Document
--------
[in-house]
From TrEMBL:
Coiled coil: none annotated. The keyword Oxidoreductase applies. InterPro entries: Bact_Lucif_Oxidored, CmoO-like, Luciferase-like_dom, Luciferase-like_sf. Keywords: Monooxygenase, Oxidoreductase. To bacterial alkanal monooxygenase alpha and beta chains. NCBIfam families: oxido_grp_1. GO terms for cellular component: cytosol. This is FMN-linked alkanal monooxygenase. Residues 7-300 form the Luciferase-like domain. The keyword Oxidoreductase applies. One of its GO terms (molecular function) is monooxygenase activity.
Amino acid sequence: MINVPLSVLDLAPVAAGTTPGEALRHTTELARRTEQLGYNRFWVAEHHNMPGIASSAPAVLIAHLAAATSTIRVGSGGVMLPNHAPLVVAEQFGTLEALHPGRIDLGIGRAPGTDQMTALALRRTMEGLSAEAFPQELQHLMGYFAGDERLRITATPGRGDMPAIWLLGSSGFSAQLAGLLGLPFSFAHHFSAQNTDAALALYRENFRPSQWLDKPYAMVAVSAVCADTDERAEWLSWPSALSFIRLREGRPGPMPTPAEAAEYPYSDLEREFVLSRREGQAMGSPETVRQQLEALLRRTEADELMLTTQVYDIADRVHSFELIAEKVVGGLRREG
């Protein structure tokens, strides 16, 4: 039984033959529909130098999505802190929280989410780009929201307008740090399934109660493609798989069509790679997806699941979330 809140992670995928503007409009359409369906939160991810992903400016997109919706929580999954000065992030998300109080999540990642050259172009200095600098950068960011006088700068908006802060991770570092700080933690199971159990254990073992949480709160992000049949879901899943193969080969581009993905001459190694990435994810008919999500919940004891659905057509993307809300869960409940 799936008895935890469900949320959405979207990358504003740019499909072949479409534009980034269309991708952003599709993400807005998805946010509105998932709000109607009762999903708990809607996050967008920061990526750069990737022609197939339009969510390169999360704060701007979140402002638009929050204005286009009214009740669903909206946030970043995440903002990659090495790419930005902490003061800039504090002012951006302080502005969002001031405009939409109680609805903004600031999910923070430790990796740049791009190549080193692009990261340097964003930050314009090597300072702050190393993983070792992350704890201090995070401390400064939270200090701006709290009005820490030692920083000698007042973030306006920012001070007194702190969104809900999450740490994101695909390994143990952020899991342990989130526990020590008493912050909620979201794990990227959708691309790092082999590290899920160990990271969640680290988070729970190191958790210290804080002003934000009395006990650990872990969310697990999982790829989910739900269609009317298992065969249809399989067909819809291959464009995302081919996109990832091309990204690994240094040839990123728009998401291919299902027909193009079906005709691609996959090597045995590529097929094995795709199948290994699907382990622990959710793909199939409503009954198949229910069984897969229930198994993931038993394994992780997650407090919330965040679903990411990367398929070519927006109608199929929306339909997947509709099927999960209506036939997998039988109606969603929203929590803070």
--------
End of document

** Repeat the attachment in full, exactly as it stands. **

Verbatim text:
[in-house]
From TrEMBL:
Coiled coil: none annotated. The keyword Oxidoreductase applies. InterPro entries: Bact_Lucif_Oxidored, CmoO-like, Luciferase-like_dom, Luciferase-like_sf. Keywords: Monooxygenase, Oxidoreductase. To bacterial alkanal monooxygenase alpha and beta chains. NCBIfam families: oxido_grp_1. GO terms for cellular component: cytosol. This is FMN-linked alkanal monooxygenase. Residues 7-300 form the Luciferase-like domain. The keyword Oxidoreductase applies. One of its GO terms (molecular function) is monooxygenase activity.
Amino acid sequence: MINVPLSVLDLAPVAAGTTPGEALRHTTELARRTEQLGYNRFWVAEHHNMPGIASSAPAVLIAHLAAATSTIRVGSGGVMLPNHAPLVVAEQFGTLEALHPGRIDLGIGRAPGTDQMTALALRRTMEGLSAEAFPQELQHLMGYFAGDERLRITATPGRGDMPAIWLLGSSGFSAQLAGLLGLPFSFAHHFSAQNTDAALALYRENFRPSQWLDKPYAMVAVSAVCADTDERAEWLSWPSALSFIRLREGRPGPMPTPAEAAEYPYSDLEREFVLSRREGQAMGSPETVRQQLEALLRRTEADELMLTTQVYDIADRVHSFELIAEKVVGGLRREG
């Protein structure tokens, strides 16, 4: 039984033959529909130098999505802190929280989410780009929201307008740090399934109660493609798989069509790679997806699941979330 809140992670995928503007409009359409369906939160991810992903400016997109919706929580999954000065992030998300109080999540990642050259172009200095600098950068960011006088700068908006802060991770570092700080933690199971159990254990073992949480709160992000049949879901899943193969080969581009993905001459190694990435994810008919999500919940004891659905057509993307809300869960409940 799936008895935890469900949320959405979207990358504003740019499909072949479409534009980034269309991708952003599709993400807005998805946010509105998932709000109607009762999903708990809607996050967008920061990526750069990737022609197939339009969510390169999360704060701007979140402002638009929050204005286009009214009740669903909206946030970043995440903002990659090495790419930005902490003061800039504090002012951006302080502005969002001031405009939409109680609805903004600031999910923070430790990796740049791009190549080193692009990261340097964003930050314009090597300072702050190393993983070792992350704890201090995070401390400064939270200090701006709290009005820490030692920083000698007042973030306006920012001070007194702190969104809900999450740490994101695909390994143990952020899991342990989130526990020590008493912050909620979201794990990227959708691309790092082999590290899920160990990271969640680290988070729970190191958790210290804080002003934000009395006990650990872990969310697990999982790829989910739900269609009317298992065969249809399989067909819809291959464009995302081919996109990832091309990204690994240094040839990123728009998401291919299902027909193009079906005709691609996959090597045995590529097929094995795709199948290994699907382990622990959710793909199939409503009954198949229910069984897969229930198994993931038993394994992780997650407090919330965040679903990411990367398929070519927006109608199929929306339909997947509709099927999960209506036939997998039988109606969603929203929590803070």